They say, “you get what you pay for.” Organizations are going the extra mile to seek headhunters’ services to find the right talent for their job positions. Handling the recruitment process without assistance can be overwhelming and challenging, leading to hiring the wrong candidate.
A headhunter is a recruitment agency or independent contractor helping organizations find the right talent to fill a vacant position. Spending a little more on headhunters is essential for organizational growth. You are guaranteed to find the right candidate. There are different ways organizations pay headhunters for their services. The standard payment method is a percentage fee, which will be our focus in this guide. So how does this fee percentage work? Read along.
For a headhunter to receive payment, an organization must successfully place the candidates. Most organizations draft an agreement stating payment terms in case the candidate works for a shorter period. The average headhunter fee percentage is between 18-25% of the candidate’s first annual salary.
Whenever a headhunter finds a candidate for a specialized or technical niche, the fee can go much higher, up to 50%. For example, if a headhunter finds a candidate earning $100,000 on a 30% fee. For this reason, they will make $30,000 of the salary, which sometimes includes commissions and bonuses.
Nowadays, most firms go for headhunters seeking a lower rate. Even though some organizations are paying more, it does not mean that they get the best talent than others. It’s all about the type of head hunter and the job position. Note that going for a cheap headhunter who delivers unqualified candidates also delays your company’s progress. So, hire wisely.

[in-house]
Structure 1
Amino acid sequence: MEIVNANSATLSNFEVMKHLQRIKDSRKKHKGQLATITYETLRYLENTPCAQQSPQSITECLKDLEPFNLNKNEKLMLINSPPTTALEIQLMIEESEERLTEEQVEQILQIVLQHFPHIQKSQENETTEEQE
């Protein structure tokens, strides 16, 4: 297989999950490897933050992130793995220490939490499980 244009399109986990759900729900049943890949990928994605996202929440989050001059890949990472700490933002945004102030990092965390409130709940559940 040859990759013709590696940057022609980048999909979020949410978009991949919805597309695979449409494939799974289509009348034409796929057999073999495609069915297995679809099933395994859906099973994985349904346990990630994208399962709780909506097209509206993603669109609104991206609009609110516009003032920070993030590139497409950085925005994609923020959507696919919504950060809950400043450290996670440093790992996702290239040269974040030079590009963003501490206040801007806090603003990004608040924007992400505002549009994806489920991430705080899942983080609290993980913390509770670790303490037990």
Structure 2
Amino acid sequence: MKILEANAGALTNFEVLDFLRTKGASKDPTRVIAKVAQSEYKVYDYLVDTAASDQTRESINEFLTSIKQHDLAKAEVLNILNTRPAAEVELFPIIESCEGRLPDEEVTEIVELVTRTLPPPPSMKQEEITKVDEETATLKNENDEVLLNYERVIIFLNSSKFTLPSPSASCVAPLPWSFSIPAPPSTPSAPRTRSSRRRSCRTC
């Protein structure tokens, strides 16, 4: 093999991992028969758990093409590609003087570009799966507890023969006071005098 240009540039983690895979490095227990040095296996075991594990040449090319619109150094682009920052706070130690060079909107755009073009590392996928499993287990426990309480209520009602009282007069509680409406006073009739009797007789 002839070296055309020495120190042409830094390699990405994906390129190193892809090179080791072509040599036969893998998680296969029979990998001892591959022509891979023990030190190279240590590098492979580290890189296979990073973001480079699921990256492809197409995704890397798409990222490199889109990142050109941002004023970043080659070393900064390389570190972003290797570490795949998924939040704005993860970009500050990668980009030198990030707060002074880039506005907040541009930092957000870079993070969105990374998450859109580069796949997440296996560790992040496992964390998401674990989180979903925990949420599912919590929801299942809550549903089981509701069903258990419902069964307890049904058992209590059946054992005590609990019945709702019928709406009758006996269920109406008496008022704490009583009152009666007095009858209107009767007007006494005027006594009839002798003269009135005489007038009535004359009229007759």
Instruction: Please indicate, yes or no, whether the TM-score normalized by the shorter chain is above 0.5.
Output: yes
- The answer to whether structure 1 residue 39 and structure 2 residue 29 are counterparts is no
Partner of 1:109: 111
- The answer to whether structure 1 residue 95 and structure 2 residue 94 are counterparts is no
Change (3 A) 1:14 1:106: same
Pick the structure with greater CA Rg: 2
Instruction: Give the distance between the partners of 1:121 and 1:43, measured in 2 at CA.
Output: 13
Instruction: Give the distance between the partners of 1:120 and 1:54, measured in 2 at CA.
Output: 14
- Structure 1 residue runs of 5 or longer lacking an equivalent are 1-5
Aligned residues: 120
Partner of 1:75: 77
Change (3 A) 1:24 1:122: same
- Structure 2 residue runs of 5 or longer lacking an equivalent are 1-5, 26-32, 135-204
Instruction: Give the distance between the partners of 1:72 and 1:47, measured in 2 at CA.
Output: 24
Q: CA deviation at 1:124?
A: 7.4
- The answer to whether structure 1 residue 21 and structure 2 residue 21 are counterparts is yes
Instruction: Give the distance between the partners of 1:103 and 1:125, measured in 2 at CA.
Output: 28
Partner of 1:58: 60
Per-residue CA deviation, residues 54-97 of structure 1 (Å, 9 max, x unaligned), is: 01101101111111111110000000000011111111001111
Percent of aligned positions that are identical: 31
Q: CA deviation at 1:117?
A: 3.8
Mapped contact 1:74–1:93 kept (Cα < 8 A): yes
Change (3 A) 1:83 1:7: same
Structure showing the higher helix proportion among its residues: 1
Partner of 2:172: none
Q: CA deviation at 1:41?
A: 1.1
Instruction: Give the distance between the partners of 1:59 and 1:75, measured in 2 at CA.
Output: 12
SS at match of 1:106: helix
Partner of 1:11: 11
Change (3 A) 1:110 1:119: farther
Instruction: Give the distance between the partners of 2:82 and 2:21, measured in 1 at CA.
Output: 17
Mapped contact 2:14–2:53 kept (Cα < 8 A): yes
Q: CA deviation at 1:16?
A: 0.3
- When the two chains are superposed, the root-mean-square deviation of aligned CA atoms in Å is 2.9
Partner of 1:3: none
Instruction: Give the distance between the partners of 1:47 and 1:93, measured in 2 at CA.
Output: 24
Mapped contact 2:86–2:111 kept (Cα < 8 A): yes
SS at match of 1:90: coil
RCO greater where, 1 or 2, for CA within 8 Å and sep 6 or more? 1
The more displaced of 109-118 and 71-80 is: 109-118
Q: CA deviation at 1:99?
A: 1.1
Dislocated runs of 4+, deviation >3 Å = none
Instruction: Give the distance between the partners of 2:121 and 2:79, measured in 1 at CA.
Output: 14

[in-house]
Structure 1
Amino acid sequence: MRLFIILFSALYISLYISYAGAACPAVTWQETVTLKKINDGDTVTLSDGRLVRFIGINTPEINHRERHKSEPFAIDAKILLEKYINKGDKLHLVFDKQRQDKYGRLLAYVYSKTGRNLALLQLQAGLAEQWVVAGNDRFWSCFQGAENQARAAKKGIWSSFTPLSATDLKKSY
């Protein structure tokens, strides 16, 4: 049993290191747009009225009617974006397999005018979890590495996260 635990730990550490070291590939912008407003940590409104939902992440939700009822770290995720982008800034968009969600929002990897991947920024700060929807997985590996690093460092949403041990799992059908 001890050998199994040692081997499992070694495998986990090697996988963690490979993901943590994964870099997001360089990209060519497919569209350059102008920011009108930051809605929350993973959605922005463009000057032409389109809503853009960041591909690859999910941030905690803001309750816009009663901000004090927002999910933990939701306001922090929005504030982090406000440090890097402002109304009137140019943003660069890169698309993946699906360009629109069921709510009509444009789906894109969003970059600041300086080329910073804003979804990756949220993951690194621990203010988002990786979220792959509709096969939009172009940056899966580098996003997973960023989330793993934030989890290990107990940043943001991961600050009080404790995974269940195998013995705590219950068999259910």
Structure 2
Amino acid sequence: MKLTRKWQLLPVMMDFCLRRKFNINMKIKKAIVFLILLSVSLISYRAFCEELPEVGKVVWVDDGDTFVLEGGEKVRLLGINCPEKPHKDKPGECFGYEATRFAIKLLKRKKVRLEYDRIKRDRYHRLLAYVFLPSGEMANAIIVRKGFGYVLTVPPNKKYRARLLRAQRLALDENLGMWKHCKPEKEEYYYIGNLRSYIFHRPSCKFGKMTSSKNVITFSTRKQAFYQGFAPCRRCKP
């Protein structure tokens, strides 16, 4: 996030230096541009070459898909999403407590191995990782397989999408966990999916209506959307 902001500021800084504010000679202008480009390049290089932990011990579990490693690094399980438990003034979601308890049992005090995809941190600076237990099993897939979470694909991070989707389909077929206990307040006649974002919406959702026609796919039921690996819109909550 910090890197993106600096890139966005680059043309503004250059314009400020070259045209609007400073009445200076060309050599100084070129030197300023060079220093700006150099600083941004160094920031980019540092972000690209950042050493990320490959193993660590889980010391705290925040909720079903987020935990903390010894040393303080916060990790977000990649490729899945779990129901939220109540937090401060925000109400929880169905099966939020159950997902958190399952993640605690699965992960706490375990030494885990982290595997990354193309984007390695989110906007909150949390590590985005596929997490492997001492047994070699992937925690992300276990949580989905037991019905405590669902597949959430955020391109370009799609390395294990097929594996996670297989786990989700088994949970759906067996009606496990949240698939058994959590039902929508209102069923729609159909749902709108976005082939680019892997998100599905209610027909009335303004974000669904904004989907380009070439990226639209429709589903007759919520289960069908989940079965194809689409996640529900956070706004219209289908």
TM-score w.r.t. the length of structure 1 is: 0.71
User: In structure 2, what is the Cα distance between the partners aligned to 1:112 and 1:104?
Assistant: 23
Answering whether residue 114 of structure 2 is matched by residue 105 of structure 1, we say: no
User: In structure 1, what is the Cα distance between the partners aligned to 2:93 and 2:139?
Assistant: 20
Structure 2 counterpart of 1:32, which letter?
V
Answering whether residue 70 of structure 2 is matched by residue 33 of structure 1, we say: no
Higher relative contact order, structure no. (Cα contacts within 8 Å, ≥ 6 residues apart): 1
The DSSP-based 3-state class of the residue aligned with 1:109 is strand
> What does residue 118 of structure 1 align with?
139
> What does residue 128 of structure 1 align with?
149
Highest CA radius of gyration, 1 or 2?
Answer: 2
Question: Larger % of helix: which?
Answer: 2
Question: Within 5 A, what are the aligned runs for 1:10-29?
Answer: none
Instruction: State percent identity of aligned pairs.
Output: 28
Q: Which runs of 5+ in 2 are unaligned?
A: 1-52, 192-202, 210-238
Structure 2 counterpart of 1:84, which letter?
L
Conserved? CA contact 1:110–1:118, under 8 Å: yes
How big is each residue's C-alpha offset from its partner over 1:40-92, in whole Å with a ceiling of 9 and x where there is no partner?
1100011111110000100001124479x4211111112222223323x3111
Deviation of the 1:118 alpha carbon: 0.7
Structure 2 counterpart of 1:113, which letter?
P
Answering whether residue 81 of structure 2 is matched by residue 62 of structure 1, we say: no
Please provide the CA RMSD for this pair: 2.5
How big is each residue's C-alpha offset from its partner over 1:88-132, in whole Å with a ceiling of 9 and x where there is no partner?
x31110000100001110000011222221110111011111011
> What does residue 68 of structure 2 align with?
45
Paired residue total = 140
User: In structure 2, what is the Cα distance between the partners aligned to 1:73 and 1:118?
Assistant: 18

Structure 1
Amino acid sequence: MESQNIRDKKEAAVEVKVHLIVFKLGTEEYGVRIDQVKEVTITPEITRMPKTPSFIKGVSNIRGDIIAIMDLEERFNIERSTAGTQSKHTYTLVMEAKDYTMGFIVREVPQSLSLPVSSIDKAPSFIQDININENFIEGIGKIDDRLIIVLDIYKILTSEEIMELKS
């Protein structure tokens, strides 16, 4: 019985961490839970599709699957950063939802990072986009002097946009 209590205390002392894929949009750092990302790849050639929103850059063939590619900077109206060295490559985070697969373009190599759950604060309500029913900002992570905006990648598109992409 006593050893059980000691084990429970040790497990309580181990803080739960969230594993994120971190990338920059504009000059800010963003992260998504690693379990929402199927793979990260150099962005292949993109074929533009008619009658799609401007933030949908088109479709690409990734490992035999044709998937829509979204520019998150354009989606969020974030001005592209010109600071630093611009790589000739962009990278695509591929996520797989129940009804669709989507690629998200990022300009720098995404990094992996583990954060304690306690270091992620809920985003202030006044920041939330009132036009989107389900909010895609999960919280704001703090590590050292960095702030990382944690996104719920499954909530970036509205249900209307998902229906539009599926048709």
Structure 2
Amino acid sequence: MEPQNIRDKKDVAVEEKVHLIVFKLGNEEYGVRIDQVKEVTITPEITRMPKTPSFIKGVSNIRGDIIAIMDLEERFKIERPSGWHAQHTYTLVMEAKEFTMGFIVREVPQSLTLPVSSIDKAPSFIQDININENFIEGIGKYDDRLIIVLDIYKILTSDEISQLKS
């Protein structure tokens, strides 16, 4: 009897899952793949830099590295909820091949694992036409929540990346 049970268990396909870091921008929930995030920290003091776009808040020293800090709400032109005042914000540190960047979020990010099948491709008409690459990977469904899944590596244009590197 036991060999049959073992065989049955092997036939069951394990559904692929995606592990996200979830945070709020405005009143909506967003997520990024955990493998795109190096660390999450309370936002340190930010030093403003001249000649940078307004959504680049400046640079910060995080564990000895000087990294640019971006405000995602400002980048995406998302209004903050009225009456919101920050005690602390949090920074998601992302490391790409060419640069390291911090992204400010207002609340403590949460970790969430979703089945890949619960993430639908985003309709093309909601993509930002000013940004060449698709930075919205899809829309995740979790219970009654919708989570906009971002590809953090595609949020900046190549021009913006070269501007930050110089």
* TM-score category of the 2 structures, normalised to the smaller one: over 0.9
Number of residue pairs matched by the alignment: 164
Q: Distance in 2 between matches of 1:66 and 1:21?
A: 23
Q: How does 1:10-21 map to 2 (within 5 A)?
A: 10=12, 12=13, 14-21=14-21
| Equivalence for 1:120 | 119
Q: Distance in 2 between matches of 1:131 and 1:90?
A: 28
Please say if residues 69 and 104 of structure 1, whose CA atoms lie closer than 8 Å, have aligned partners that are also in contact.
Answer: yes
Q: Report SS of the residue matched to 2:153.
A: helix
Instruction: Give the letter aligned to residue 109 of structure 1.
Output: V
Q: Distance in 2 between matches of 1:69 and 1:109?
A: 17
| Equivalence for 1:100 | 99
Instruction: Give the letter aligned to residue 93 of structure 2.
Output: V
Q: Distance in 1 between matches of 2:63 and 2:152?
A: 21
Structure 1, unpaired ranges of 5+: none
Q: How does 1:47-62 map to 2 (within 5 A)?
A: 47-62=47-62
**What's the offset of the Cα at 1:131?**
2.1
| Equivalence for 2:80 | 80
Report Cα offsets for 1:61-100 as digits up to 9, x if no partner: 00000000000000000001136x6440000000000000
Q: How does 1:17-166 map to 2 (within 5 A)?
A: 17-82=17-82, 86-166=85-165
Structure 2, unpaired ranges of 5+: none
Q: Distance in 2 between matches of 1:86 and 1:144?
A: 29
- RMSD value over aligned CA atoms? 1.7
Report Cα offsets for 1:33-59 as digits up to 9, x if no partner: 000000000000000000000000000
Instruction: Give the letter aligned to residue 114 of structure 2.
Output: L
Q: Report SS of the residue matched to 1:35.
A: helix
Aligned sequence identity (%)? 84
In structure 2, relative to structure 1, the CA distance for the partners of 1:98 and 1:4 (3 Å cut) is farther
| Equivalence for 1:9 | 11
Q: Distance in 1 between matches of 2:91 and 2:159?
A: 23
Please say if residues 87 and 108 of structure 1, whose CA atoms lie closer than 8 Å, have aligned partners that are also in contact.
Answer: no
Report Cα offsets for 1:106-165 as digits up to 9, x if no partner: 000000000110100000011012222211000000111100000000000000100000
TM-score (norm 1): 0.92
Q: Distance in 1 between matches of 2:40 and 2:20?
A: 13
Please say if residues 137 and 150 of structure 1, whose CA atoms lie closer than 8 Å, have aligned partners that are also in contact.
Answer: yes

The current headhunter fees can be costly to an organization conducting frequent recruiting, especially with the varying headhunters’ costs. That said, the organization may decide to retain a headhunter for continuous service. The payment terms remain the same, but of course, you will pay an upfront or engagement fee, which will reflect in the final invoice.
Organizations expect the recruits to stay for at least three to six months for headhunters’ payment to be effective. Should a candidate leave an organization before the guaranteed time, the headhunter must conduct another search but this time for free. Some organizations will compensate half of the total fee depending on their relationship with the headhunter. That said, it is wise to ask for a guarantee when choosing a headhunter.
When negotiating with a headhunter, it will suit your needs to understand what a percentage for total compensation means to avoid future disagreements. Make sure that the payment involves the salary only, excluding the benefits, commissions, and bonuses. That way, you do not spend more than what you had in the budget.
Having a good relationship with a headhunter will give you a platform to negotiate. With time, the headhunter can reduce the percentage fee because of the frequent jobs you offer them. Note that you must also ensure your company has a good working relationship with its workers for you to get a highly skilled recruiter. If you have a high employee turnover, it will be challenging to find the right headhunter because they will fear ruining their reputation hence chances of getting quality work.
If your organization hires frequently, it is best to use a recruitment agency. They will assist in offering organizational insights to the recruits while handing all the necessary recruitment procedures. The recruitment agency fees can be on the higher side, but that can be all worth it if you get the right talent.
Now that you know the essential guide on how headhunters are paid, it is up to you to decide which way to go. After all, you want a headhunter who will deliver top talented candidates to fill the vacant position. So, is it wise to spend a little more on hiring? Answering this question will determine how you want to handle your recruiter fee agreement. The choice is all yours.